Easy Customization of the ParaView Python Programmable Filter Property Panel

The Python Programmable Filter is a powerful tool for data analysis in ParaView, as it enables you to implement ParaView readers and filters using Python. Developing filters with Python has several advantages– it's fast to prototype and easy to share, since there's no compiled code. You can use the convenient features of the standard Python library, and use NumPy to perform fast, vectorized operations on VTK data arrays. However, the Programmable Filter interface presented in the property panel is not user friendly because there is no way to hide the Python implementation details. Most users want to adjust the filter by setting filter property values, not by editing Python source code.  This blog post will show you how to hide the Python implementation details to make the programmable filter easier to use.


Figure 1. Double Helix Python Programmable Source.  Left: custom properties panel.  Right: visualization with tube filter.  No code compiling required!

 Python Programmable Filter with a Custom Property Panel

Aha!  Well, it turns out that you can customize the programmable filter's property panel, but you've got to use the development version of ParaView, or any version of ParaView newer than 4.0.1.  You can download that from the ParaView downloads page under the section titled Nightly Builds.

In Figure 1., I've used the Double Helix programmable source example and created a custom property panel for it.  I took this example from the Python Programmable Filter wiki page.  Visit that page to find many more example filters and sources.

How it Works

ParaView can load filters from XML plugins.  An XLM plugin is an xml file that describes one-or-more filters using the ParaView server manager xml language.  You can read all about that on the Plugin HowTo wiki page.

Through a neat trick in the server manager xml language, you can declare custom properties that will appear in the properties panel using standard property value entry widgets. The Programmable Filter & Source also have Script properties. These are string properties where you enter the filter implementation as Python source code. The Script properties can be given a hint attribute so that they are marked as advanced properties, which will be hidden by default. That way, the user will not be distracted by the properties, but advanced users still have the option of modifying the Python code. Alternatively, the Script properties can be hidden completely from the properties panel.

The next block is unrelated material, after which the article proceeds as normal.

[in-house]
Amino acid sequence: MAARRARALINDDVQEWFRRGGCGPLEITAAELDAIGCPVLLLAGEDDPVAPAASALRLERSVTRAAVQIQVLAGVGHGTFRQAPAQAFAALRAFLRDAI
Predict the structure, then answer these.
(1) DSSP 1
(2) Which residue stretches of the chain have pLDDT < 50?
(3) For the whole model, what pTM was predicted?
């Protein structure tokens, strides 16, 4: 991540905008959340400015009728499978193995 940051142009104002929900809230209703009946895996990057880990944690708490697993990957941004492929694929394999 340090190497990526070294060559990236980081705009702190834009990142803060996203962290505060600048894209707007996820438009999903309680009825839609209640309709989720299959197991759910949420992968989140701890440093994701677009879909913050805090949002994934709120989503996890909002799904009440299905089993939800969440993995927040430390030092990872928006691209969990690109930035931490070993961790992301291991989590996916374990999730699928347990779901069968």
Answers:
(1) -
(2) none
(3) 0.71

Figure 2. ParaView screenshot.  The Toggle Advanced Properties button is active so that the Python script property is displayed.

Make it easier — Automatically Generate XML

I developed a tool that generates the XML file for you.  All you have to do is write a Python script that defines the filter function and the filter properties, and other information like the filter name and documentation.  Your Python script is used as input to generate XML automatically.  For example, your Python filter might look like this:


Then use the python_filter_generator.py script line to generate the XML file.  Here's the program usage:

Getting Started

Attached to this blog post are all the files you need to get started.  I attached both the Python input files and the generated XML files, which are human readable for the most part.  As I wrote earlier, this requires ParaView with a version newer than 4.0.1.  At the time of this posting, you can download that from the ParaView downloads page under the section titled Nightly Builds.  After you have generated an XML file from a Python input script, or written an XML file by hand, then you can load the XML plugin into ParaView using the menu Tools –> Manage Plugins and then click Load New and select your xml file.

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